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While Waiting For The Rains…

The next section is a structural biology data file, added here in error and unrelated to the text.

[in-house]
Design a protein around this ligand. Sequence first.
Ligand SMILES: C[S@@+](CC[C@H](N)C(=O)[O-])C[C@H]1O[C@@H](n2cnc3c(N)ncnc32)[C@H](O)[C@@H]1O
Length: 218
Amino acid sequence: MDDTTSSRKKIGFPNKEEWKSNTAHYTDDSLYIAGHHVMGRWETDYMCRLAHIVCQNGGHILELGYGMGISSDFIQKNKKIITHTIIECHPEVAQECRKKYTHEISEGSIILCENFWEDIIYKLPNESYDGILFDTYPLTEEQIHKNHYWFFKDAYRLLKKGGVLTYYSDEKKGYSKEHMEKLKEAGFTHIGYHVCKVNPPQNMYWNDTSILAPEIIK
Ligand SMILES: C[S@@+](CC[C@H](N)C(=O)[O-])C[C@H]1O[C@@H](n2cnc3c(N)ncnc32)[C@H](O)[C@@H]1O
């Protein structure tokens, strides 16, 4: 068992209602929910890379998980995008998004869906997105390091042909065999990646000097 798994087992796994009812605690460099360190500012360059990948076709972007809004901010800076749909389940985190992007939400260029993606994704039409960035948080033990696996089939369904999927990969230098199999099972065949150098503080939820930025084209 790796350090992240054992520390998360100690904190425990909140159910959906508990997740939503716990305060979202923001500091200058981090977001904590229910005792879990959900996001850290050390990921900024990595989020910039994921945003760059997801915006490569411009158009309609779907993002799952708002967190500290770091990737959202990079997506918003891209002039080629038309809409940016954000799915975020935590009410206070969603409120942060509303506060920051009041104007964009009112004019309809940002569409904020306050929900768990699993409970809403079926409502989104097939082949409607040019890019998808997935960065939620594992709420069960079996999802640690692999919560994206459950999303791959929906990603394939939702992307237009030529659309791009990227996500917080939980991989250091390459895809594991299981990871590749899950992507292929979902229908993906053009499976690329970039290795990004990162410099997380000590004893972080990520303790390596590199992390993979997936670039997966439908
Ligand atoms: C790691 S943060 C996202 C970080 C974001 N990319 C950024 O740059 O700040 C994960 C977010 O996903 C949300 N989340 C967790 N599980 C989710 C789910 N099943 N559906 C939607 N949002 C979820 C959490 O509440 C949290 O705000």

…we ate a curry of tender, translucent green mangoes. The summer heat raged across the country and our normally enviably cool city quailed under the fury of the sun. Everywhere, the pre-summer showers did not fall. Those much needed early showers stir the highly covetable, tiny, wild, pepper scented mangoes of Coorg to life; but this year, the clouds blew away, taking with them our hopes for pickles, curries and mor pajjis (raitas) that would last the entire season and well into the next year in one form or another. Kind friends scoured the countryside and sent what they could salvage from this year’s offerings. One of them dug into her store of last year’s wild mangoes preserved in brine, and sent a generous jarful across, just perfect for a mor pajji. And I, ever the hoarder, ever cautious, often to the amusement of my family, have my collection from last year, preserved in joni, a syrup of melted, boiled and strained jaggery. So the table will have its wild mangoes as usual, or at least, almost as usual. It sometimes takes a year of shortages to make us appreciate how many ways we love a fruit while taking it for granted, and how very early in the life of a mango we begin to enjoy it. The first wave of Coorg’s rounded, miniature mangoes is forest scented, with immature seeds, destined for pickling and preserving. As the seed swells and the flesh is flooded with sweetness the fruits come crashing down from tall, towering trees and we cook them into a curry and a mor pajji so good that, when the season is gone, we still carve them and find ways to bring them back to the table now and then. Early summer is when green mangoes reign in every kitchen across the country, in dozens of different kinds of curries, condiments, pickles, chutneys and drinks. The same mango gives you an incredible variety of tastes, textures and ways in which it can be used in cooking, depending on the kitchen to which it comes. It is so ancient, this fruit, and so much a part of our lives, our myths and stories, our culinary traditions –aam ka panna, murabba, aam ras and the deliciously raw and fresh kacche aam ka kuchla –that one can hardly think of an Indian summer without thinking of the mango. When we can tear ourselves away from the little round wild mangoes in Coorg, we make another curry with sliced green mangoes, any of the naati (indigenous) variety. The Coorg curry of sliced green mangoes is a beautiful thing, with a hint of the forbidden about it. Perhaps that sense comes from those raw, crisp slices sprinkled with spice, waiting to be cooked, smelling all the while of an untamed young summer. They remind you of the pinches of red chilli powder and salt that you once stole from the kitchen to rub onto hard, green, outrageously sour slices of the fruit plucked off a tree, eaten secretly, since it was not allowed, the young sap, the cause of sore throats – or so it was believed. The hard green flesh becomes very soft on cooking, and the flavours in the earthenware pot are complex, confusing and delightful. One moment you’re sure that it’s a murabba that you are eating, as you taste the dark sweetness of jaggery syrup; the next moment the hidden bite of black pepper and red chilli assert themselves – and all the while there are flashes of the fresh, exciting sharpness from the heart of the raw mango that neither the spice nor the sweet could subdue. Invariably, I eat this with plain white rice and no other accompaniments, to be able to savour every little twist and turn it puts out. Is it a pickle, a preserve or a curry? Or a bit of all three? I still can’t make up my mind.